Wednesday, November 7, 2001

The front line of America’s new war is a living room in the Old City of Jerusalem, where Vienia Naber is preparing sweet mint tea for her family gathered around a 21-inch television.
It is Independence Square in Dakar, Senegal, where businessman Mamadou Sarr is growing angry about the latest news from Afghanistan.
It is an apartment in Kuala Lumpur, Malaysia, where 2-year-old Lomesh Vengadesperumal is tumbling on the cushions of the sofa and uttering his first English words: “Finished.” “Died.” “Pentagon.”
As U.S. warplanes pound Taliban and al Qaeda positions in Afghanistan with powerful bombs in response to the September 11 terrorist attacks in the United States, another war has begun.
It is a war for the hearts and minds of the Islamic world, and so far things don’t look good for the United States.
From Tehran to Timbuktu, from Jerusalem to Jakarta, people scattered across the diverse nations of the Muslim world are increasingly voicing anger at the war effort after seeing television images of Afghan civilians caught up in the U.S.-led campaign.
Taliban officials claim 1,500 people have been killed in the air assault. The Pentagon, which denies targeting civilians, insists that the Taliban claims are exaggerated and says some civilians could have been killed by falling anti-aircraft fire.
President Bush has expended tremendous efforts getting leaders of the Muslim world to support the war effort. But while some administration officials appeared on television programs aimed at the Islamic world, it wasn’t until this week that Mr. Bush dispatched public relations teams to London and Islamabad to help get his message to the public.
Osama bin Laden, the chief suspect in the September 11 attacks, issued a videotaped message for broadcast within hours of the start of U.S. air strikes on Oct. 7. Last week, in a written message, he appealed to Muslims to overthrow their U.S.-allied governments and install fundamentalist regimes.
In the days after September 11, Muslims across the world described sadness and sympathy for Americans when they watched images of the devastation at the World Trade Center and the Pentagon.
But the tide of public opinion in many countries has turned with scenes of Afghan civilian casualties relayed by national television stations, the Arabic-language Al Jazeera network, even Western broadcasters like CNN, the British Broadcasting Corp. and France’s TV5.
“In the beginning, I had sympathy for the Americans, but when I saw the images, it was different,” said Mr. Sarr, 39, the Senegalese businessman. “They had a terrible effect. It provokes a great deal of emotion in people. We feel more sympathy for the Afghans.”
Similar sentiments are abundant on the streets of Bamako, Mali; at a boutique in Abuja, Nigeria; at an upscale apartment in Beirut, Lebanon; at the mosques of Jakarta, Indonesia and across the Muslim world, 1 billion people strong.
Even in the Palestinian areas, where celebrations on September 11 drew international condemnation, many people were horrified by the attacks but now are equally horrified by the unintended effects of the U.S. war.
In Jerusalem’s Old City, 63-year-old Boutros Naber tells his sons to be quiet as his wife serves him tea and he settles into his brown sofa to watch the news.
“We watch the footage of the victims in New York, and we feel sad. And the footage of the civilian victims in Afghanistan, and we feel sad,” he said. “Because as Palestinians, we know the meaning of being victimized.”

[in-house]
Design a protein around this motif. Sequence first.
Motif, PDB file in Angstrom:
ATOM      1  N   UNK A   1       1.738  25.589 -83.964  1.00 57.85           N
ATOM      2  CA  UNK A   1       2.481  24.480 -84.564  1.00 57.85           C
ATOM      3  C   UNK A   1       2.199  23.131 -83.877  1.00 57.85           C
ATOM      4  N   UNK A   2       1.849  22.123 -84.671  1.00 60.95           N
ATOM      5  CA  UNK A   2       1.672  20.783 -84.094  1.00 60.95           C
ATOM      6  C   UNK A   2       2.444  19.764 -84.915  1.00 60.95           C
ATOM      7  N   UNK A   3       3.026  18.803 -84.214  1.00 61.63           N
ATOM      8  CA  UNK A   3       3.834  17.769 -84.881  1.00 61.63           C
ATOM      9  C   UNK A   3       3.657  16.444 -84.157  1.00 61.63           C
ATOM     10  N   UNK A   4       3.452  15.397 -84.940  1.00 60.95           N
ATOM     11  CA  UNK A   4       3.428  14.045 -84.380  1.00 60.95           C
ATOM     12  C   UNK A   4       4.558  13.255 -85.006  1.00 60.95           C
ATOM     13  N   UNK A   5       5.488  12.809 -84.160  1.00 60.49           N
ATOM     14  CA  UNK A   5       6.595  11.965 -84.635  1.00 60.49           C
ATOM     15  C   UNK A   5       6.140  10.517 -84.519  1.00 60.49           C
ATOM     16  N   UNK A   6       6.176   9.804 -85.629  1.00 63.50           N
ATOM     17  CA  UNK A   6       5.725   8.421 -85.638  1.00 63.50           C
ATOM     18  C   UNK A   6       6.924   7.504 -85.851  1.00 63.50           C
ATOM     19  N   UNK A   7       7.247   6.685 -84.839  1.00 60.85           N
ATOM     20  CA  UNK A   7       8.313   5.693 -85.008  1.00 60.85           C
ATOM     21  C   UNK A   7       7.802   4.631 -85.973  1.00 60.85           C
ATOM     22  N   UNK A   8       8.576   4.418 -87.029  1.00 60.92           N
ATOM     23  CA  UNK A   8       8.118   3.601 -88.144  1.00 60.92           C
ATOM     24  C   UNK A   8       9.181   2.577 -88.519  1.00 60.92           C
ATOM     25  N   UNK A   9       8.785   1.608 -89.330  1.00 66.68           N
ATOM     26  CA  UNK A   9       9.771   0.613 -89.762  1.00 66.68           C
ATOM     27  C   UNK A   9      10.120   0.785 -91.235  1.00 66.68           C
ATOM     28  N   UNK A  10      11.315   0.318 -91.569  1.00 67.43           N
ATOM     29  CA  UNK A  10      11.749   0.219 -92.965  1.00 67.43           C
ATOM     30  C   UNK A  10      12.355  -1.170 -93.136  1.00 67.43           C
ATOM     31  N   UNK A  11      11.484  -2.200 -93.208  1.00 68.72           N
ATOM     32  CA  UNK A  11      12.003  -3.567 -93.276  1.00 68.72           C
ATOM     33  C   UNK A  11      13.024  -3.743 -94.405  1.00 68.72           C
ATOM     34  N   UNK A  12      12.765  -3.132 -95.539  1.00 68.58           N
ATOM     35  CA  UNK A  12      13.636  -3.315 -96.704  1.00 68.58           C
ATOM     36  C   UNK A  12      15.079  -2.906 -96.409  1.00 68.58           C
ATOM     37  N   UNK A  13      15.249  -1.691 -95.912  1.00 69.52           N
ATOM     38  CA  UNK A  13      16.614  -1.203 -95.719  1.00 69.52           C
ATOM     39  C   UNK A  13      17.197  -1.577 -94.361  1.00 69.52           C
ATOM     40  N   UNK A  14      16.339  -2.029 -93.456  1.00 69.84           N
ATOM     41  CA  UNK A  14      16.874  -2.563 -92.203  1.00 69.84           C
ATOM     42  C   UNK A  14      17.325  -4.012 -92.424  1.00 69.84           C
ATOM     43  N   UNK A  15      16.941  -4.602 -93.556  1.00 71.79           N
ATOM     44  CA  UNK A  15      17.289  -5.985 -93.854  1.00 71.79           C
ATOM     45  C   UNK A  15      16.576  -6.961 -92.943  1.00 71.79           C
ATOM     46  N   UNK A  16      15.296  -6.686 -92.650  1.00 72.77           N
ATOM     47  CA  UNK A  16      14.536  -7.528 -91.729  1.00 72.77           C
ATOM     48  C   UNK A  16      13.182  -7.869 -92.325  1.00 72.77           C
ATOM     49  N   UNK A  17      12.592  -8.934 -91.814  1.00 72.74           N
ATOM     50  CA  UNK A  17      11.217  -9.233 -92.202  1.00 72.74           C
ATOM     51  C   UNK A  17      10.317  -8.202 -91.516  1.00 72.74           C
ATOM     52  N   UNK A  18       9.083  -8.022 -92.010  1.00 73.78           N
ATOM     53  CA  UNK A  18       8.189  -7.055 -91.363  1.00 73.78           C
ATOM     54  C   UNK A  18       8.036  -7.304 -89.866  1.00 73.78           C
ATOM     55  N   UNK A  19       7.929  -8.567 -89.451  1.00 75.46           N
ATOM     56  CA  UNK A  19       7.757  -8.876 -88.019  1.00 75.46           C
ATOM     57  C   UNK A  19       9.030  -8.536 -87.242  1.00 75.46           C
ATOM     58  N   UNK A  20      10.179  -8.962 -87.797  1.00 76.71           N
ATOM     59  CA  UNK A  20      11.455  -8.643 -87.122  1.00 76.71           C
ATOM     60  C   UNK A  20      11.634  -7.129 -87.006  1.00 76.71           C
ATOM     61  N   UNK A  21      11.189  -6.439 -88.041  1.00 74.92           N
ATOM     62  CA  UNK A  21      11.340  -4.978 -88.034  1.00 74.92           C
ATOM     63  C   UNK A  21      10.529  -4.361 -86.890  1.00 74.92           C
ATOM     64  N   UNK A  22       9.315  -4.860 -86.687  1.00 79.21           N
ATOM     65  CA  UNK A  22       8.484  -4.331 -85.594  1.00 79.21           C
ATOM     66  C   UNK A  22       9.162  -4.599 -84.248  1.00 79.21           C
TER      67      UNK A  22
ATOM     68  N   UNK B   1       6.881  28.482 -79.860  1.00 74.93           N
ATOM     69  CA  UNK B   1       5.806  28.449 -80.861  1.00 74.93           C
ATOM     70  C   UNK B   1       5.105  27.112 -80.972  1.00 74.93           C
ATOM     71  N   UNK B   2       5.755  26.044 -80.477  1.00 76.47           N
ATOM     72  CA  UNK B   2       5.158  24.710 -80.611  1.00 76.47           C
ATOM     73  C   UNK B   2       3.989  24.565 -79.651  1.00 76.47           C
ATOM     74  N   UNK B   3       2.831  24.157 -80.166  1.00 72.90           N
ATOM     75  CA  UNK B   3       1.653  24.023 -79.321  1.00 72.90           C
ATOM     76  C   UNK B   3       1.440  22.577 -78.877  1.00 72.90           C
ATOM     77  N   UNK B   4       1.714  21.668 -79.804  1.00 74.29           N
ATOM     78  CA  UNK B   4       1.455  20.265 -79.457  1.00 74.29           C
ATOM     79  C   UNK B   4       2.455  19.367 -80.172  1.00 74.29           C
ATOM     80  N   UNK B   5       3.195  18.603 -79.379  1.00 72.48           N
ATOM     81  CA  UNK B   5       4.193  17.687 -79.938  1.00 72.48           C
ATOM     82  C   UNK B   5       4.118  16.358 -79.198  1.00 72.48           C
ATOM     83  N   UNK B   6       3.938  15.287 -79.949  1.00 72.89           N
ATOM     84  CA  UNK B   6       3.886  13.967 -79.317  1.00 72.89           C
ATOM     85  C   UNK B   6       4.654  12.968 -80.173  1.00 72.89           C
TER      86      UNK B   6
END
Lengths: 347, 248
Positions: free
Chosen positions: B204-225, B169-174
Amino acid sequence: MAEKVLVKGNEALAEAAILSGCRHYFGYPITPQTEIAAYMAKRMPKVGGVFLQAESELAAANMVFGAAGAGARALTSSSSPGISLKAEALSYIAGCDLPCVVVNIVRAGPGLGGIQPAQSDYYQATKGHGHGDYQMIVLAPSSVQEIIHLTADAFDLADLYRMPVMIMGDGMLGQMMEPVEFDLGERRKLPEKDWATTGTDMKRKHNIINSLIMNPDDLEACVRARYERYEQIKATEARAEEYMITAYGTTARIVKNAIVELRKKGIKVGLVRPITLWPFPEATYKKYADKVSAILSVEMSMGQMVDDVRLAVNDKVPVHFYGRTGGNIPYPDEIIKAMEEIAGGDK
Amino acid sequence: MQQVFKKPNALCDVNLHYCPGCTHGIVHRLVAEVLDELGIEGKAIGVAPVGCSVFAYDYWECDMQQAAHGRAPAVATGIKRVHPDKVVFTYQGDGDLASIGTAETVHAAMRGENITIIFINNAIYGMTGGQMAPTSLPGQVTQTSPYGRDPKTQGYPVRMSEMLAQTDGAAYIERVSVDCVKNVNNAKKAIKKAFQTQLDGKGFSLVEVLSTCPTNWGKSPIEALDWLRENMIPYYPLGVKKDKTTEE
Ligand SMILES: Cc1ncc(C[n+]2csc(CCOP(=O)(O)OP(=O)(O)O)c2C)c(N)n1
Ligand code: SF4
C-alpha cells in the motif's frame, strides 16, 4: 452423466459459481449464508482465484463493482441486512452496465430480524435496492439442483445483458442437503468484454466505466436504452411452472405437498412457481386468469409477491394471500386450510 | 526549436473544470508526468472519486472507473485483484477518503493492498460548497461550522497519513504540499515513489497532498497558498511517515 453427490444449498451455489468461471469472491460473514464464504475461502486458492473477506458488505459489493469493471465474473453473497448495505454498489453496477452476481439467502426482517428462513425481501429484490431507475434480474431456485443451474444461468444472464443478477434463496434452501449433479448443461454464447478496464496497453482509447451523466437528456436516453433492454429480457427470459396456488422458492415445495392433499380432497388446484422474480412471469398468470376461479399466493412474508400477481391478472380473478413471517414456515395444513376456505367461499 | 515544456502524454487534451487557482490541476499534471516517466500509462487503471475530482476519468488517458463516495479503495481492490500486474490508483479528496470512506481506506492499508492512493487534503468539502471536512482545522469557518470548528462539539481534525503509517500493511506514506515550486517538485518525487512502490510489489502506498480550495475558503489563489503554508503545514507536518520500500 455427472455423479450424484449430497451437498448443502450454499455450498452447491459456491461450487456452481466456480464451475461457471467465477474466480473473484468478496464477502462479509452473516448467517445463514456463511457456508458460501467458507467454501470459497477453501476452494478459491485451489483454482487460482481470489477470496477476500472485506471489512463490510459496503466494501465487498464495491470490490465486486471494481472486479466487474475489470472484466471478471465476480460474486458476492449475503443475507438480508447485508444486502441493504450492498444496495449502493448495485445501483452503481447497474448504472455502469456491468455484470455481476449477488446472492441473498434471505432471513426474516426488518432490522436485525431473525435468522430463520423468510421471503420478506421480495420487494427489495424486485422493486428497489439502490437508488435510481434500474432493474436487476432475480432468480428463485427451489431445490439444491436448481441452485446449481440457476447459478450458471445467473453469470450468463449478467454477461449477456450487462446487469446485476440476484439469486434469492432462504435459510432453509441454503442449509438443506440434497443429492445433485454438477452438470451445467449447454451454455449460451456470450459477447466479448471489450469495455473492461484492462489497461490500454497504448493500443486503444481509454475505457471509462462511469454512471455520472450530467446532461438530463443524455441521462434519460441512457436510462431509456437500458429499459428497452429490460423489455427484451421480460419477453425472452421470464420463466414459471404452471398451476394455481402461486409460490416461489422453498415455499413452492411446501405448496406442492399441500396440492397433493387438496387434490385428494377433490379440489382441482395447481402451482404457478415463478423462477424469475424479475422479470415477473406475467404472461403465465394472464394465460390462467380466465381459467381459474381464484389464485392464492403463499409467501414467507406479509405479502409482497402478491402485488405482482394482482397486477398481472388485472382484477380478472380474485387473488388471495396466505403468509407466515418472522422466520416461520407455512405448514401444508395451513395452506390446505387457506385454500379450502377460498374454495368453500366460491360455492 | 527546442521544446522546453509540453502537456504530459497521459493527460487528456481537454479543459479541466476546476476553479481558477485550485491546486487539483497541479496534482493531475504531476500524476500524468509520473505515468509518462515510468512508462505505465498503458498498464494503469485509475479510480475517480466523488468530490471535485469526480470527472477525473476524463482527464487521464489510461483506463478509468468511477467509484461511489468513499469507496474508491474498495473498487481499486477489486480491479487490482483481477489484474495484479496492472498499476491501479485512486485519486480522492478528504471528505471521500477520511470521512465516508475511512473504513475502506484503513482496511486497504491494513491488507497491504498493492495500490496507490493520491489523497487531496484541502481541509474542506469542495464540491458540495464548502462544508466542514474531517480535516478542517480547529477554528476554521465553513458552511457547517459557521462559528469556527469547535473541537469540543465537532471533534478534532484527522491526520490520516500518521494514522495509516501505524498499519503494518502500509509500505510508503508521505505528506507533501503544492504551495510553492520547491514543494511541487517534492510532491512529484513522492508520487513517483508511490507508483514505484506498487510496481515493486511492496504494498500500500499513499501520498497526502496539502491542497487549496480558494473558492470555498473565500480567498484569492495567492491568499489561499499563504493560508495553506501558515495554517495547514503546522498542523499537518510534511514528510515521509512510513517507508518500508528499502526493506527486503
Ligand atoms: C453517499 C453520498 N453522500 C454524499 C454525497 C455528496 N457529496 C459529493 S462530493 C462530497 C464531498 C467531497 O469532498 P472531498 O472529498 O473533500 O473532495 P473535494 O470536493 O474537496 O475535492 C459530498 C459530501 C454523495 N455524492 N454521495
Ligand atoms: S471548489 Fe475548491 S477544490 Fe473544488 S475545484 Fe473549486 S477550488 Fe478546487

In bin Laden’s written message, delivered to Al Jazeera on Thursday, he appealed to Pakistanis to rise up against their government, calling it a choice between “the banner of the cross” and “the banner of Islam.”
Bin Laden’s al Qaeda network even had a media spokesman, Sulaiman Abu Ghaith, who told Muslims in an Oct. 9 videotape that “holy war is a duty.”
From the beginning of the conflict, the U.S. government has assured Muslims that its war is not against Islam and has sent top officials to appear on Al Jazeera to speak to the Muslim public.
Last week the Bush administration expanded its campaign to convince Muslims that its war is just, setting up a public relations team aimed at the Islamic world and elsewhere and dispatching teams to London and Islamabad to counter anti-American sentiment.
Karen Hughes, counselor to President Bush, said the team of military officials, diplomats and communications specialists will respond to news developments and plot communications strategies “to proactively do a better job of getting our message out to the world about what the war on terrorism is all about.”
Analysts say the effort is necessary to keep together the tenuous U.S.-led coalition.
“We need to have our own public diplomacy program, and that is a very urgent requirement,” said Edward Djerejian, a former U.S. ambassador to Syria and Israel who now directs the Baker Institute of Public Policy at Rice University in Houston.
“It must explain in the languages of the region exactly what we’re about. We have to become much more sophisticated about this.”
Given the sentiments that have developed around the Islamic world, the United States could be fighting an uphill battle.
Ali Al-Korey, a silver-haired Egyptian who has visited the United States several times and sent his daughter to the American University in Cairo, grimaces as an image flashes on Al Jazeera of a wounded Afghan child.
“I think about how I’d feel had this child been my son. I’d certainly hate America,” he said. “Whenever we see such footage every day, every day, every day, those who just opposed [the U.S. bombing] will start to get angry, to lose their temper and to hate.”

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